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Statues reunited by exhibit

Visitors examine one of the recently returned kneeling attendant statues at the National Museum in Phnom Penh
Visitors examine one of the recently returned kneeling attendant statues at the National Museum in Phnom Penh yesterday as part of the opening of a three-month exhibition. Heng Chivoan

Statues reunited by exhibit

Five 10th-century sandstone warriors from a former Angkorian empire capital were reunited at the National Museum yesterday, the first time they have been seen together since they were plundered from their remote jungle temple for the likely profit of the Khmer Rouge.

The antiquities, which were repatriated from auction houses and museums in America, are now on display at a three-month exhibition in the capital. Arranged at the museum as they had appeared for nearly 1,000 years, the museum’s re-creation of the tableau from the Hindu epic Mahabarata was sadly still shy a handful of key cast members.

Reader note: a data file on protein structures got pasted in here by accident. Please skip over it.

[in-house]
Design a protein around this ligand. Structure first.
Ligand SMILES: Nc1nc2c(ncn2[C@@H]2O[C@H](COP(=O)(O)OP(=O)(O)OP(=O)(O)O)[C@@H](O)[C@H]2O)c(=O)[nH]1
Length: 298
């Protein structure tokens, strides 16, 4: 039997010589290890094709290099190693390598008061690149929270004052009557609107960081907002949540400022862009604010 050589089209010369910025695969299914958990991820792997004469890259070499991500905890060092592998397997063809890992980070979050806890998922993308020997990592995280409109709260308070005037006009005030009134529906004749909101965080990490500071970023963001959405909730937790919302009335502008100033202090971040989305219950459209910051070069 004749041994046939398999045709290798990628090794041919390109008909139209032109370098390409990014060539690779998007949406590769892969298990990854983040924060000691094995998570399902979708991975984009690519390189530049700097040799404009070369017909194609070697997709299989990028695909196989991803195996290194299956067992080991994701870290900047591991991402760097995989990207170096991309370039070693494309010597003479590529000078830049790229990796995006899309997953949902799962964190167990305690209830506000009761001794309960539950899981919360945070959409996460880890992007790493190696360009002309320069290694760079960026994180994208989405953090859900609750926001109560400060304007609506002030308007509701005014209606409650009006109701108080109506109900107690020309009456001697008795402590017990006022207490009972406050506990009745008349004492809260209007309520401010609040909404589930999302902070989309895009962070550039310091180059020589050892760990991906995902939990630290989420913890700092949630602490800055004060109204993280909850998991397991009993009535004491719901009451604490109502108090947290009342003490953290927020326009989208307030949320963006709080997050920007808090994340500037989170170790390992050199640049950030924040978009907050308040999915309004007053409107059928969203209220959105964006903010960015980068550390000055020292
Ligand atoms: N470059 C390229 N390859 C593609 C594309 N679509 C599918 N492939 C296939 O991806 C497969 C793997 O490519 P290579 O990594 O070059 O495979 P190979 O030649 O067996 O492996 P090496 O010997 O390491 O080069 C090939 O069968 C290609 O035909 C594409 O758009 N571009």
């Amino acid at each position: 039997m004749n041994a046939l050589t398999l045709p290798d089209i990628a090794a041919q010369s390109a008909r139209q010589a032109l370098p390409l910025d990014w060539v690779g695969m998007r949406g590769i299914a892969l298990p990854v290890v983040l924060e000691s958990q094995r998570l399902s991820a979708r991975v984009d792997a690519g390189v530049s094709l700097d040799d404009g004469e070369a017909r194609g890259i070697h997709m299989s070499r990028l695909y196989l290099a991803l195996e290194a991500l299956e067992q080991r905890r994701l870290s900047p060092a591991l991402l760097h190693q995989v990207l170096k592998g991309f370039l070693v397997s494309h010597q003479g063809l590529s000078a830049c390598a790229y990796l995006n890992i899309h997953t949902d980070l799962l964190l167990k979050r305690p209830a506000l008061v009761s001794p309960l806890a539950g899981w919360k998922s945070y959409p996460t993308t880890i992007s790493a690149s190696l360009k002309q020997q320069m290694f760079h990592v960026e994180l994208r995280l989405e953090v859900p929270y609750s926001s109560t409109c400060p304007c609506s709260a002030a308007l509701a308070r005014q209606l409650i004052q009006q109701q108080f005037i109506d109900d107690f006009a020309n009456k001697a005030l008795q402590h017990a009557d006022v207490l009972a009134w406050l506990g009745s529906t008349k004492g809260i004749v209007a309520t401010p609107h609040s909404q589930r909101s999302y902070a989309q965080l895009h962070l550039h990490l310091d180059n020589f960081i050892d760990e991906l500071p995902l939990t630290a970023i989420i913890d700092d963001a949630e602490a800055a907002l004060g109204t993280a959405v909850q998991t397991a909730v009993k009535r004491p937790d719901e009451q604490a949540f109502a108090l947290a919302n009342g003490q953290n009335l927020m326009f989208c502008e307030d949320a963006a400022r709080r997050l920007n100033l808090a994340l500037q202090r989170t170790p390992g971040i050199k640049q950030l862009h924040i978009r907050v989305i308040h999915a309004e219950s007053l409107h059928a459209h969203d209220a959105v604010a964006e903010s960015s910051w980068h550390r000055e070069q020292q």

Two of the missing statues were discovered by archaeologists at the original Prasat Chen site and have been undergoing conservation, but another two are still thought to be in private collections in the US.

“We have to exhibit all nine together to complete the telling of the scene. We appeal to those who keep the statues to return them to Cambodia,” Deputy Prime Minister Sok An said at a museum ceremony yesterday.

The five displayed statues represent the results of a slew of recent repatriation efforts, following from the Metropolitan Museum of Art in New York’s unprecedented voluntary return of the kneeling Pandava brothers last year. Between 1996 and 2014, Cambodia received a total of 350 repatriated antiquities that were looted from its temples by profiteers and criminal networks, museum director Kong Vireak said.

Though the antiquities black market is estimated to now be worth some $8 billion a year and a source of cash for terrorist networks, the exhibition reveals a more recent, reverse trend of cultural property.

“The idea that cultural artefacts are the property of the people of the place in which they are originated is gaining recognition,” said Anne Lemaistre, UNESCO country director.

The museum hopes other statues from the same site will also make their way back soon.

“This is the point where [museums and auction houses] really have to decide if they are on the right or wrong side of history,” archaeologist and lawyer Tess Davis said.

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